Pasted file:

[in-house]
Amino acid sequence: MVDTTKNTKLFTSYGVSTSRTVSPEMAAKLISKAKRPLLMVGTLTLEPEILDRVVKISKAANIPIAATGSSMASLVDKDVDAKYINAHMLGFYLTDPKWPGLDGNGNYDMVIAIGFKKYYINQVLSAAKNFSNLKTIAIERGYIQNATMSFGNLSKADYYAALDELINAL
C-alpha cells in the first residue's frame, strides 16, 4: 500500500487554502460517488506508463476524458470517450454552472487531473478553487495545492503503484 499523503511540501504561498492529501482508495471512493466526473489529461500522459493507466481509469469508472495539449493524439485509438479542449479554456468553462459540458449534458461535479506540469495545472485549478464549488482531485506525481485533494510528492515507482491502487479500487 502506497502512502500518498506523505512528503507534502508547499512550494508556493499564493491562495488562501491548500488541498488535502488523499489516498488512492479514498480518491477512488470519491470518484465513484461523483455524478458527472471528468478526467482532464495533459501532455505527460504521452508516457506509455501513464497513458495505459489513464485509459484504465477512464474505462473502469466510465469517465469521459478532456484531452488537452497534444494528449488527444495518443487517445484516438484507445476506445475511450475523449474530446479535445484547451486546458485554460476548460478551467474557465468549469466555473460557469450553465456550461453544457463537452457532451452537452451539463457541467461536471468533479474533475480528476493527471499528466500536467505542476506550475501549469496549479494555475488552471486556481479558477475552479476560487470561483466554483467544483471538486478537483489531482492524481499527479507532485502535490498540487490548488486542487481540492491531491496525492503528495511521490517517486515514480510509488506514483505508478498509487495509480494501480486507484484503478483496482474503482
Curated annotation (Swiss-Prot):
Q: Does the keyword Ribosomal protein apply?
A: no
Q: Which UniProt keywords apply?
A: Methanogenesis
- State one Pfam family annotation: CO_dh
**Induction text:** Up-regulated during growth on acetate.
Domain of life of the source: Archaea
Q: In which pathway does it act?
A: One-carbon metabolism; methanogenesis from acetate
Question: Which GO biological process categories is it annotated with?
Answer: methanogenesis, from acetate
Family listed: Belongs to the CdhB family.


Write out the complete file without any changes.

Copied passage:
[in-house]
Amino acid sequence: MVDTTKNTKLFTSYGVSTSRTVSPEMAAKLISKAKRPLLMVGTLTLEPEILDRVVKISKAANIPIAATGSSMASLVDKDVDAKYINAHMLGFYLTDPKWPGLDGNGNYDMVIAIGFKKYYINQVLSAAKNFSNLKTIAIERGYIQNATMSFGNLSKADYYAALDELINAL
C-alpha cells in the first residue's frame, strides 16, 4: 500500500487554502460517488506508463476524458470517450454552472487531473478553487495545492503503484 499523503511540501504561498492529501482508495471512493466526473489529461500522459493507466481509469469508472495539449493524439485509438479542449479554456468553462459540458449534458461535479506540469495545472485549478464549488482531485506525481485533494510528492515507482491502487479500487 502506497502512502500518498506523505512528503507534502508547499512550494508556493499564493491562495488562501491548500488541498488535502488523499489516498488512492479514498480518491477512488470519491470518484465513484461523483455524478458527472471528468478526467482532464495533459501532455505527460504521452508516457506509455501513464497513458495505459489513464485509459484504465477512464474505462473502469466510465469517465469521459478532456484531452488537452497534444494528449488527444495518443487517445484516438484507445476506445475511450475523449474530446479535445484547451486546458485554460476548460478551467474557465468549469466555473460557469450553465456550461453544457463537452457532451452537452451539463457541467461536471468533479474533475480528476493527471499528466500536467505542476506550475501549469496549479494555475488552471486556481479558477475552479476560487470561483466554483467544483471538486478537483489531482492524481499527479507532485502535490498540487490548488486542487481540492491531491496525492503528495511521490517517486515514480510509488506514483505508478498509487495509480494501480486507484484503478483496482474503482
Curated annotation (Swiss-Prot):
Q: Does the keyword Ribosomal protein apply?
A: no
Q: Which UniProt keywords apply?
A: Methanogenesis
- State one Pfam family annotation: CO_dh
**Induction text:** Up-regulated during growth on acetate.
Domain of life of the source: Archaea
Q: In which pathway does it act?
A: One-carbon metabolism; methanogenesis from acetate
Question: Which GO biological process categories is it annotated with?
Answer: methanogenesis, from acetate
Family listed: Belongs to the CdhB family.